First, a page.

I'm not sure I've ever regretted something quite as much as not getting the anti glare coating on my glasses. Talk about seeing things. Lights, shadows, movements. Evil opticians actually make this a £30 extra. But it should be included with the lenses because, fuck, no one can deal with this extra world at the side of their glasses. Peripheral vision simply consists of the glare of all the things you can already see, but they hang around and move and blur and interrupt your vision. What a mistake. Can't wait for my two year check up and new glasses in 2016. I'll be getting all the coatings. Two years seeing things is quite enough. 

Done for another year.

Well that's it, Christmas done for another year. Food having taken hours and hours of prep - or in the case of the Italian family, days and days, possibly weeks - devoured in mere moments. Presents opened. Crackers cracked and terrible jokes read out. Washing up lining every surface and most of the family asleep on the couch. Enjoy an evening of crap TV and some leftovers even though you're so full you couldn't possibly eat another thing...............oooo, Christmas Cake.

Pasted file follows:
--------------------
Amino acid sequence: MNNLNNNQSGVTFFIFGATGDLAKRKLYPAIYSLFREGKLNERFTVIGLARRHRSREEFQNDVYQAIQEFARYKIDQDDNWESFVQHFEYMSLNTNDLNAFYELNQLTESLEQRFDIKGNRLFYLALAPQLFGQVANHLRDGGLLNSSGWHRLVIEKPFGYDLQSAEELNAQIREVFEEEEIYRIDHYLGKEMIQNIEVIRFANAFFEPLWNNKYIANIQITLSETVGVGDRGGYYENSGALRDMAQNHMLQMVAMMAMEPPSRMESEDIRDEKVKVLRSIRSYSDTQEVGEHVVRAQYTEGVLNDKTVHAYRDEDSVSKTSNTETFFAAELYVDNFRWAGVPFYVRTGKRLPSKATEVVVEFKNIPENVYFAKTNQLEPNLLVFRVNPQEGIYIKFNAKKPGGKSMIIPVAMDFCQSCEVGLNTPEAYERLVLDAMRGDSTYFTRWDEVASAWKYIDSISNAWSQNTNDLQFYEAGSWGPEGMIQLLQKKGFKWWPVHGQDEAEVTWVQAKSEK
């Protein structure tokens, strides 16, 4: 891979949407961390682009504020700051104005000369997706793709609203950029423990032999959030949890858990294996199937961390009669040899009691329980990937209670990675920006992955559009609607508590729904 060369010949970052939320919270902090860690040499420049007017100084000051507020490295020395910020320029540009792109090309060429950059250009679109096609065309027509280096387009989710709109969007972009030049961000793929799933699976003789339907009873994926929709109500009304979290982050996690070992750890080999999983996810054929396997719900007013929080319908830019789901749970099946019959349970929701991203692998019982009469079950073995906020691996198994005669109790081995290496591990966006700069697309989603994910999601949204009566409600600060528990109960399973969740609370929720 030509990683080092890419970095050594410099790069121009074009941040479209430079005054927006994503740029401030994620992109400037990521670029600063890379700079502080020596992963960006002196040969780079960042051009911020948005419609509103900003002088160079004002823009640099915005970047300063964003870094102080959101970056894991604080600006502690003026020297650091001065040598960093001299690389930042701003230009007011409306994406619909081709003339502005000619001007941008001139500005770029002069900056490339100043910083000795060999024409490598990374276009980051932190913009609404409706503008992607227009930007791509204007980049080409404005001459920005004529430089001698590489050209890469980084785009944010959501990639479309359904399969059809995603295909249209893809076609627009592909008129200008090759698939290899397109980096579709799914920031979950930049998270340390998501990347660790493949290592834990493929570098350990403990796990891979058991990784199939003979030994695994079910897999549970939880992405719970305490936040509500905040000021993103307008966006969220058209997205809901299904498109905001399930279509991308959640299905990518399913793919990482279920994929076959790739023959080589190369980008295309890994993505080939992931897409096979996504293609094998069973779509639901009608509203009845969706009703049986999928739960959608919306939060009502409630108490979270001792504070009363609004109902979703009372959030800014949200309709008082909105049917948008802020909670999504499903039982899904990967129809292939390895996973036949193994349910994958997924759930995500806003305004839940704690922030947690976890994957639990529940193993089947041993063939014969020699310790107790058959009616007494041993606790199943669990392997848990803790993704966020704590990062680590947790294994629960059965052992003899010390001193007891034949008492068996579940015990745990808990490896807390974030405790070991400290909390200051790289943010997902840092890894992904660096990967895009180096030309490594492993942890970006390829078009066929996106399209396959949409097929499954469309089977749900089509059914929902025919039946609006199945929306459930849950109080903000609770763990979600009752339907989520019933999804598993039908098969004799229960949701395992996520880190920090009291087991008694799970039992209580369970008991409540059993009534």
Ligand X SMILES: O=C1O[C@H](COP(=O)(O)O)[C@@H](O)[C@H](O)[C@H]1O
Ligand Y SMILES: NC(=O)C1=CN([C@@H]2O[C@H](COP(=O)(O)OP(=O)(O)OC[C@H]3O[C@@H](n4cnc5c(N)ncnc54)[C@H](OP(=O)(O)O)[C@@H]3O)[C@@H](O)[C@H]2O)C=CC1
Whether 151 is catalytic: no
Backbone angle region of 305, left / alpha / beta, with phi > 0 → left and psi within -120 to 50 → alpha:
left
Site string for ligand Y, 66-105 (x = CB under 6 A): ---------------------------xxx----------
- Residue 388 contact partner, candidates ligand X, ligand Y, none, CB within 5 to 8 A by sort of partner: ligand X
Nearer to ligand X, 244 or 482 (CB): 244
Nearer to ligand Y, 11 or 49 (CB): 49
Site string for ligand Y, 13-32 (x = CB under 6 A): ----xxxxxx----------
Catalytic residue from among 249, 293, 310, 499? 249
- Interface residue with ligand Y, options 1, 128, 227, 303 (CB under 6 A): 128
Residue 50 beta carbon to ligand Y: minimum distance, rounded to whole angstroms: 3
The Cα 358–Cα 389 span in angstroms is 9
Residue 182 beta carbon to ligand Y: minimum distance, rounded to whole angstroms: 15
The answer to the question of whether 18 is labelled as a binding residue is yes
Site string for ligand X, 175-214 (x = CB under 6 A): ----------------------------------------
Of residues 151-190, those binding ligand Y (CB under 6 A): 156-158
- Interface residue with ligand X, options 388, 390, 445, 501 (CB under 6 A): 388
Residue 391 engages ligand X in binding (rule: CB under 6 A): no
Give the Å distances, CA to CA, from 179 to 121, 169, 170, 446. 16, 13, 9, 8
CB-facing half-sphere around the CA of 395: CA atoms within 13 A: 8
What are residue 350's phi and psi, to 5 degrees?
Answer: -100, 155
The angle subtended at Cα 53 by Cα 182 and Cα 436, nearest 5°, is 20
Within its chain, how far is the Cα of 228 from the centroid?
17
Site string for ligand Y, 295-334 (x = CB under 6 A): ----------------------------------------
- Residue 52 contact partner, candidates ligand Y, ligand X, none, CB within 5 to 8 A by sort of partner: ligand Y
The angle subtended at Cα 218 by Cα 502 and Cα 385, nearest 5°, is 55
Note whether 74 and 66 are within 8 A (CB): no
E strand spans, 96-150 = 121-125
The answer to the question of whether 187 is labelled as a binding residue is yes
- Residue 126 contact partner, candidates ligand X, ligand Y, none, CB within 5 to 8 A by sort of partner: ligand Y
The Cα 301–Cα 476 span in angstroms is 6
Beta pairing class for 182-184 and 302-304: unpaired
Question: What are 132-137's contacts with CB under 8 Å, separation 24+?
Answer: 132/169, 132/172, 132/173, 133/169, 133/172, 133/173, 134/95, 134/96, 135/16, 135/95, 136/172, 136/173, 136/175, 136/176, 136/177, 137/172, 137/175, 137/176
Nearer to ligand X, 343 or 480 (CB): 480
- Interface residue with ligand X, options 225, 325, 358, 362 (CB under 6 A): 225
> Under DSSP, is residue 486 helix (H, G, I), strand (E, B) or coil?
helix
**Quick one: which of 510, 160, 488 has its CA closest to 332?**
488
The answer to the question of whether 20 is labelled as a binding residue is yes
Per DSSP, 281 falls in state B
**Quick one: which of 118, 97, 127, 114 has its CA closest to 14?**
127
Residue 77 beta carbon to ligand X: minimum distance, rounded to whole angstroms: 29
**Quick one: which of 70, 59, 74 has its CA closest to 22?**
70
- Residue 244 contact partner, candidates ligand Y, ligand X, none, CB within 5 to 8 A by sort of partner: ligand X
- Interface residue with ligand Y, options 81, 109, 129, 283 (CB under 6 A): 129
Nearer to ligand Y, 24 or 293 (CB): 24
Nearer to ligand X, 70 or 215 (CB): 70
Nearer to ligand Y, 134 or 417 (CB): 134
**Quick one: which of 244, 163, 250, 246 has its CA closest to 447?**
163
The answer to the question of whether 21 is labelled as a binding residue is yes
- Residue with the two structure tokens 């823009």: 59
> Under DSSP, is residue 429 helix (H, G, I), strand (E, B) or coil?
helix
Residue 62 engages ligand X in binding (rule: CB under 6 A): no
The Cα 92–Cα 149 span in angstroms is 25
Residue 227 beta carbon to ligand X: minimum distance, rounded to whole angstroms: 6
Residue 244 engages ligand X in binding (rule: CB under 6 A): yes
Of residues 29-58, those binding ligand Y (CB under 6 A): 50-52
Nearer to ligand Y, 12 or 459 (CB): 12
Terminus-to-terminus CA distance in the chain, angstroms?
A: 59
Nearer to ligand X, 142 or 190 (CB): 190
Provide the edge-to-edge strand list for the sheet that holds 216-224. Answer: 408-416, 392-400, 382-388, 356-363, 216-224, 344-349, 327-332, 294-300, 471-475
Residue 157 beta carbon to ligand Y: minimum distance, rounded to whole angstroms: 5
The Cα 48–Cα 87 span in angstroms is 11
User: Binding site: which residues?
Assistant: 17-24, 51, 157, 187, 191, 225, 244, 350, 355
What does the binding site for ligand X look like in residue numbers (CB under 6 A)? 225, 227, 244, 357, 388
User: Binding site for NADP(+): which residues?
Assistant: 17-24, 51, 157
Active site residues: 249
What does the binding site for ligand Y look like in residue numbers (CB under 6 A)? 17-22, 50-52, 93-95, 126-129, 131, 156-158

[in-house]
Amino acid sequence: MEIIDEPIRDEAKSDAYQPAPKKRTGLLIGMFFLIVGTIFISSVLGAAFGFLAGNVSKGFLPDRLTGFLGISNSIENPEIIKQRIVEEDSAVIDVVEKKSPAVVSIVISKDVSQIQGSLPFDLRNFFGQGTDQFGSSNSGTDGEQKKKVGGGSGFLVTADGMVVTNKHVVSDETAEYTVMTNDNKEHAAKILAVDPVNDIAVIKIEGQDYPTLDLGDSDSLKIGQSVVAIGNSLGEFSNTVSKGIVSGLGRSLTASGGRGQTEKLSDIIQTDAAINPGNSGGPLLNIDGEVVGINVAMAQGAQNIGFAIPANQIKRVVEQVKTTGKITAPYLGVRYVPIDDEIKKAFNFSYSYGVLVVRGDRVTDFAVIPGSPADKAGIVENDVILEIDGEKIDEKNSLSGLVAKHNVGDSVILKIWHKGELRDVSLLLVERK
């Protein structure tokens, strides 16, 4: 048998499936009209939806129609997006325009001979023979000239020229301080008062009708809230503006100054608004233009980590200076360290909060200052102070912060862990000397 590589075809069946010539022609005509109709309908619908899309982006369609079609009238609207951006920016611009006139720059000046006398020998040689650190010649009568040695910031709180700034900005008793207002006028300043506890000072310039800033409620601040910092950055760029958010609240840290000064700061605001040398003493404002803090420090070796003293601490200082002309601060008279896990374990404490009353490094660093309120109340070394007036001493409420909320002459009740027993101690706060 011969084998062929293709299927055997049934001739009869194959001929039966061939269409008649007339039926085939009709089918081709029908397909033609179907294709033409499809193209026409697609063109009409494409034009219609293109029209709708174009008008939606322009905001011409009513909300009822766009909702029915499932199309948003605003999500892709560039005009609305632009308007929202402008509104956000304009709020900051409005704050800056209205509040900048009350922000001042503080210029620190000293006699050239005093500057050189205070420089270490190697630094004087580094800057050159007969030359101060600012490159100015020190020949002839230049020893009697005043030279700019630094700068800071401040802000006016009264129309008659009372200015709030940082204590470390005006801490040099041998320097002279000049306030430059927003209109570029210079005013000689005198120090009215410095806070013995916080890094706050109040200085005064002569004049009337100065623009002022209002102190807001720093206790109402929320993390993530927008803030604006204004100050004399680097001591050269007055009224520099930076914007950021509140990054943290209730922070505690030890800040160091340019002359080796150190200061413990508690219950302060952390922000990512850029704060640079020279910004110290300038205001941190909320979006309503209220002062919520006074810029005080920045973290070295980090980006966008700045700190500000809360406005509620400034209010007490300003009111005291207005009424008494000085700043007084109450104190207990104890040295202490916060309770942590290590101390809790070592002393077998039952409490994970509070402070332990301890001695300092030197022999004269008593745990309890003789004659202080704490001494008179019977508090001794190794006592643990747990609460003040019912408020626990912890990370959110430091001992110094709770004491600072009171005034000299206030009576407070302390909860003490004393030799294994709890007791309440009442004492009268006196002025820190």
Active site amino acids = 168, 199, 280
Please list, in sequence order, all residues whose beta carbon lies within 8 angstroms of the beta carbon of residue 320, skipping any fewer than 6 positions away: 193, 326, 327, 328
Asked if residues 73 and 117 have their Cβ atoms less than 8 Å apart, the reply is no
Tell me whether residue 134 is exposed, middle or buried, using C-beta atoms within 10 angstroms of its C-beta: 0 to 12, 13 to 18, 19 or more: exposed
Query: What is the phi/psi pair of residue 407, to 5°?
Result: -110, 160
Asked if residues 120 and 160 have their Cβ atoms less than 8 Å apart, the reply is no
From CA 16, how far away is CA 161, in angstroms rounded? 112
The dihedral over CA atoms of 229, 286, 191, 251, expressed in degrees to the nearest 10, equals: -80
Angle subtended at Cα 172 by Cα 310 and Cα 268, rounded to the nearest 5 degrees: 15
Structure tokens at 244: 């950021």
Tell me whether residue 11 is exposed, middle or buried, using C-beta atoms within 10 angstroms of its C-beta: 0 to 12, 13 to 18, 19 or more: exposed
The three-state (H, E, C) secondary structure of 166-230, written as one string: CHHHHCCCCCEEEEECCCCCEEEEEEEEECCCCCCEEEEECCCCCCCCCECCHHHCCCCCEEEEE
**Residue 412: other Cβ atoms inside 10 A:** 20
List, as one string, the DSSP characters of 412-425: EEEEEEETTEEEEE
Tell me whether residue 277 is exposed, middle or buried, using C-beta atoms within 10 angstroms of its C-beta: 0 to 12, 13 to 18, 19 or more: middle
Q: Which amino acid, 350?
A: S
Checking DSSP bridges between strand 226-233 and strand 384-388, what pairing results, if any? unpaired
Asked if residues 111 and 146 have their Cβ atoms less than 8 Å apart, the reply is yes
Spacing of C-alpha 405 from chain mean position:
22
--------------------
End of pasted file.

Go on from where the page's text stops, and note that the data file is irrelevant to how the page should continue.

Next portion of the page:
This blog had no particular rant value or purpose or direction, but hopefully it at least aided your digestion. Merry Christmas and enjoy the last few days of the year. 


Thursday, December 10, 2015

It's That Time of Year.......

Ah, it's that time of year when everyone starts showing the pictures of their kids dressed as a shepherd with a tea towel round their head, or a king with a crown, or a little white dress and tinsel. I always wonder where the photographs of the sheep or singers or narrators, are? No? Was everyone just lucky enough to get a big part? No one's kids had a shitty bit part? Well good for you and your amazing kids. Clearly no one is made to be a narrator because they have a loud voice, are slightly overweight and not blonde, any more. Clearly, I am still bitter about this. And always will be. I hold on to that bitterness forever, because it's a part of who I am. And to be honest, I quite like it.

It's that time of year when you hate crowds, and all the people in them, and all you want to do is get your shopping done before a reasonable date, so you have time to wrap everything and leisurely write your cards, without having to do them on the freakin' plane or train, or in the car as you're travelling to wherever Christmas is for you this year.

It's that time of year when you just want to curl up and never leave the house and just watch heart-warming movies and wait for the snow that will inevitably not arrive because it's so freakin' mild out there. Come on December. Happen!